Event data from operating systems (OS) is a type of data that comes from state changes in the OS itself, plus services and various applications running on the system. On Linux and UNIX systems, these are text files usually stored under the /var/log directory. On Windows, the data come from the Windows Management Interface. For purposes of data typing, this article includes all non-security related events. Security events, while found in the same locations in the OS, are treated separately and are documented in the network authentication and local authentication data type descriptor articles.
Event data on the OS provides visibility on the state of OS systems. The data can be only informational or error based. Applications and services that are non-kernel related report the same kinds of state changes but within the context of the service. You can track events by source, code, message, severity, and more. For further details, see the documentation associated with the OS you are interested in.
When your Splunk deployment is ingesting operating system event data, you can use the data to achieve objectives related to the following use cases:
- Reconstructing a website defacement
- Investigating a ransomware attack
- Recognizing improper use of system administration tools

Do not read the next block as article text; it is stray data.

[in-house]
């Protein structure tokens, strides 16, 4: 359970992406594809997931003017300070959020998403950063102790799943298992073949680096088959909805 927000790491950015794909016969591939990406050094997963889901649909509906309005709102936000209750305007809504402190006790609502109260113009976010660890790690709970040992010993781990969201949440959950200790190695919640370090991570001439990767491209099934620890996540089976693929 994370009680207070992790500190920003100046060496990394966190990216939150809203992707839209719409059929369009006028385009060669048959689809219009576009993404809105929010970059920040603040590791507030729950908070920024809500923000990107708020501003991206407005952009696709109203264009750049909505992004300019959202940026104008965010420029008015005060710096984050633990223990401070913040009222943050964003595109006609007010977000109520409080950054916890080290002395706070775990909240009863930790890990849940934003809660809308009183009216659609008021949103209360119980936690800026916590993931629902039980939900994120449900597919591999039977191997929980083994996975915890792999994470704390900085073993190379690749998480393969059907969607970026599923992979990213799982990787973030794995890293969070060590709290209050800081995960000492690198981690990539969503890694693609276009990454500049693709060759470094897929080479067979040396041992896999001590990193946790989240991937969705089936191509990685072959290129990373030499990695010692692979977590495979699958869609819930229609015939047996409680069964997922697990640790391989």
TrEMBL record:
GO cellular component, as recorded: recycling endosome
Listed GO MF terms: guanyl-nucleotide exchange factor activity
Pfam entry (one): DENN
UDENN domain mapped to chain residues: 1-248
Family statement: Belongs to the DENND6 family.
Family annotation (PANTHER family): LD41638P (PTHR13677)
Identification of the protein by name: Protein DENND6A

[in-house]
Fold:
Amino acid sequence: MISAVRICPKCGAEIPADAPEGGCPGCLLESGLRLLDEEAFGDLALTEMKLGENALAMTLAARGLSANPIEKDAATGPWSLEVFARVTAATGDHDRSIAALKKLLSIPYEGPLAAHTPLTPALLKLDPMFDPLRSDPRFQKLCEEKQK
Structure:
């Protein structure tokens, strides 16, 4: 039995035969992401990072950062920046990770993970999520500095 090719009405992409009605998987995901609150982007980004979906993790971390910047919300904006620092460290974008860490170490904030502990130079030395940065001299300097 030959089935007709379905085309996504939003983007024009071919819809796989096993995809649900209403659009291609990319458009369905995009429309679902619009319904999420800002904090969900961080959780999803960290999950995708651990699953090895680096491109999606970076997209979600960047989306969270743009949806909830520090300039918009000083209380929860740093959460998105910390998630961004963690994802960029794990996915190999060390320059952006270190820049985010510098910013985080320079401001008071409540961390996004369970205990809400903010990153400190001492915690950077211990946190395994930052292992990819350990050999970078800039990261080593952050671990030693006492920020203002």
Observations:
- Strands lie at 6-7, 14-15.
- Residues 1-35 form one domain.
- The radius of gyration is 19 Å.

- Creating a timebound picture of network activity
- Detecting the use of randomization in cyberattacks
- Monitoring command line interface actions
- Securing a work-from-home organization
These data types have many available fields, but users typically derive the most value out of the fields listed here.
System affected by the patch change or target of the event.
Checksum of the file in scope.
Human-readable event name.
Status of the operation in scope.
System connected to the listening port.
Name of the operating system resource.
Note that the names of these fields vary, depending on the data source. The Splunk Common Information Model (CIM) can be added to your deployment to normalize and validate data at search time, accelerate key data in searches and dashboards, or create new reports and visualizations. In the Common Information Model, operating system event data is typically mapped to the Endpoint, Inventory and Updates models.
Known data sources and source types
Guidance for onboarding data can be found in the Splunk documentation, Getting Data In.